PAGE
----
The Southwestern U.S Drought of 2003,
Some Hydrological Impacts

Nevada is the fastest growing state in the nation.
Las Vegas is the fastest growing city in the nation.
Las Vegas has the highest per-capita consumption of water in the world.
This site examines the current drought and its impact on water resources in this region of the U.S.
Photo¬© Ken  Dewey, SNR, UNL.
A two story sightseeing boat on Lake Mead is dwarfed by the white ring around the lake.  The white ring is rock area exposed due to the dropped level of the lake.  Click HERE or on the graph to see a larger version.
About 88 percent Southern Nevada's water is derived from the Colorado River. The other 12 percent of  their water comes from groundwater that is pumped out through wells.
Lake Mead Elevation Data

Photo Galleries

Photo Gallery 1: Lake Mead and Dam Photo Gallery 2: Las Vegas Scenes
Photo Gallery 3: Water Usage around the city Photo Gallery 4: Flash Flooding
Photo Gallery 5: Dust Devils Photo Gallery 6: Lake Mead Full and Today
Photo Gallery 7: Aerial Photo, 1950 and 1999 Photo Gallery 8: Las Vegas Bay Marina
External to this site: Huge Changes in Marina

Where does the water from Lake Mead go for household use?
Irrigation: 47%
Water Waste: 23%
Toilet: 8%
Laundry: 6%
Other Indoor Use: 6%
Faucet: 5%
Shower: 5%
Source, City of Henderson, Las Vegas and North Las Vegas, 2002.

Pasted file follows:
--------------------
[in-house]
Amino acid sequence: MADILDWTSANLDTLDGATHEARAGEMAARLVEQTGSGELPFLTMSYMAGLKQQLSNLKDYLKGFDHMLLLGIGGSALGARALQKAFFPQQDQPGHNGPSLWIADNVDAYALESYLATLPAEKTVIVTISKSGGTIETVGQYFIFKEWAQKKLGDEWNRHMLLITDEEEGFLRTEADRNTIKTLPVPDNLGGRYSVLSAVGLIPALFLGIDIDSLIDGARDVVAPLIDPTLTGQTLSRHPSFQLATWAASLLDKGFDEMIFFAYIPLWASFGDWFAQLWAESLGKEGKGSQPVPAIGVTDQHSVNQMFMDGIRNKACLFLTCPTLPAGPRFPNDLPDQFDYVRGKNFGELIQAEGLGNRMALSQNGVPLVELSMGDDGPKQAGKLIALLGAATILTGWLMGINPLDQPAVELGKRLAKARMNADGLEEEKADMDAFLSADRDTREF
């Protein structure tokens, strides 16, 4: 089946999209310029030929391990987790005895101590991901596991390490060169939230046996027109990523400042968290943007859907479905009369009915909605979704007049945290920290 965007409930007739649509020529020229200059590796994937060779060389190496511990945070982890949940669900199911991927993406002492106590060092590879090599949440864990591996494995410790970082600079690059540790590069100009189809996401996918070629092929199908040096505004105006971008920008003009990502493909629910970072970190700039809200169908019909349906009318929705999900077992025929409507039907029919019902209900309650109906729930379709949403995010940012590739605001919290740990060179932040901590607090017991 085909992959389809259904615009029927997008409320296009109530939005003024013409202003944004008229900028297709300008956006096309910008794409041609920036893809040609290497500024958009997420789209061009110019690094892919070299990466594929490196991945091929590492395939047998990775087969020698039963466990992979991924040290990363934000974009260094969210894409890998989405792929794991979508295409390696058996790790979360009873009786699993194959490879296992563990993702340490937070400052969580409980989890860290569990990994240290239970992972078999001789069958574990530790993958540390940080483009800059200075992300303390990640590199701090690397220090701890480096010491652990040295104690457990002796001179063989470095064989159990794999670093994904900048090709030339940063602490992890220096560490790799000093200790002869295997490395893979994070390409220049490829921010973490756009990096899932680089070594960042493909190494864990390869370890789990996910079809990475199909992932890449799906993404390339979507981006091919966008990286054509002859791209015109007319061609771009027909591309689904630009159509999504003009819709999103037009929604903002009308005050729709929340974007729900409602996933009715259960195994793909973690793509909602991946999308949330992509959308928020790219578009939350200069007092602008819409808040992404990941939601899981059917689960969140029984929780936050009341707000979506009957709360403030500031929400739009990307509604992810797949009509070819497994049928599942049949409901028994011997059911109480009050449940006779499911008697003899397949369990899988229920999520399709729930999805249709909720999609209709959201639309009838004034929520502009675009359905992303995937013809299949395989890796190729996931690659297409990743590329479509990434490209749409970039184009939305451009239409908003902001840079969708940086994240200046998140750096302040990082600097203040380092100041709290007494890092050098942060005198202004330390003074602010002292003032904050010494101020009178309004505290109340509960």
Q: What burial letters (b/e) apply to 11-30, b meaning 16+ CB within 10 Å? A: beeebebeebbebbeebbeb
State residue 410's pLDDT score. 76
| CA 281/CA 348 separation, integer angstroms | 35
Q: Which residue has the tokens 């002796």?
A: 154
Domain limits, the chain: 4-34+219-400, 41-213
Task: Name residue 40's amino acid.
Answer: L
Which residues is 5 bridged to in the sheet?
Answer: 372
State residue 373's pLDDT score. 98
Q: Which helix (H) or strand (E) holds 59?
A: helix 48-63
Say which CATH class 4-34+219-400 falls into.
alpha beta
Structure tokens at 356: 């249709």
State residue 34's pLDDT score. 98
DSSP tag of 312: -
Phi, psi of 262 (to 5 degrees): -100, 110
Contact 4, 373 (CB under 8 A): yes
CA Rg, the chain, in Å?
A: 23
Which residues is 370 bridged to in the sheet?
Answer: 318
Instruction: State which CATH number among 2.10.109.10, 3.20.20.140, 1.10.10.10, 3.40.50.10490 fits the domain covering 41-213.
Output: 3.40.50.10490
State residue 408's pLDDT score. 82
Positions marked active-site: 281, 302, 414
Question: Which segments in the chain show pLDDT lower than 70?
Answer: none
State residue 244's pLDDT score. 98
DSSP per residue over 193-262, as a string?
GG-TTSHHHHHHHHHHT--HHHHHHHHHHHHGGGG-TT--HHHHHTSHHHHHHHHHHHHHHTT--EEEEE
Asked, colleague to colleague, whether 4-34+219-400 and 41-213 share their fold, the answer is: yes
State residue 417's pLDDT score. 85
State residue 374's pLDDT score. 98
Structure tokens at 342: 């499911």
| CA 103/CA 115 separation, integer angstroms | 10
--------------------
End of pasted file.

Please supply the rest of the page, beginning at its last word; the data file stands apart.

Information on the Current Drought in the Las Vegas Area

Southern Nevada Drought Plan Stages Southern Nevada Water Restrictions
Southern Nevada Water Restrictions Southern Nevada Water Saving Examples
Nevada Population, 1861-2000 Las Vegas & Clark County Population 1910-2002
   
External to this report: External to this report:
Las Vegas Flash Flood, August 19, 2003 Drought Monitor Maps
Las Vegas Flash Flood, August 19, 2003 Photos History of Las Vegas
Flash Flood Fails to Make Dent in Drought Feds Warn of tapping out water supply
August 2003 Flooding Stories New Lake Mead Water Intake
Las Vegas Flash Flood History

Climate Summary Maps for the Southwestern U.S.

Climate Summary Maps (May-July 2003) Climate Summary Maps (3-year departures)


November 26, 2003 - Current Lake Levels
Southwestern U.S. - Data Source: Arizona Game and Fish
LAKE
MAXIMUM
ELEVATION
MAXIMUM
SURFACE
ACRES
CURRENT
ELEVATION
FEET BELOW
MAXIMUM
CURRENT
SURFACE
ACRES
PERCENT FULL
Alamo
1235
13,300
1089
146
 2079
5
Apache
1914
2,656
1905
9
 2,518
91
Bartlett
1798
2,815
1771
276
 2,043
63
Canyon
1660
947
1657
3
930
94
Havasu
450
20,400
447
3
 19,100
91
Horseshoe
2026
2,812
1959
67
 826
6
Mead
1229
162,700
1140
89
 105,900
56
Mohave
647
28,800
637
10
 26,200
85
Pleasant
1702
9,957
1640
62
6,061
43
Powell
3700
160,800
3601
99
95,900
49
Roosevelt
2151
21,493
2076
75
10,219
29
Saguaro
1529
1,264
1525
4
 1,211
93
 San Carlos
2525
 19,985
 2415
 110
 2,593
3
Elevation is feet above sea level, not depth of the lake.
Maximum elevation is the elevation that the water goes into the spillway (not over the top of the dam)
Some lakes, like Havasu, are maintained at a near constant elevation in order to supply water to an aqueduct.

Aerial View of Lake Mead and Hoover Dam, August 11, 2003
Click the Photo to see a much larger version

Photo© Ken Dewey, School of Natural Resources, UNL.


IMPORTANT LINKS:

Western Regional Climate Center

National Drought Mitigation Center

Hoover Dam
 

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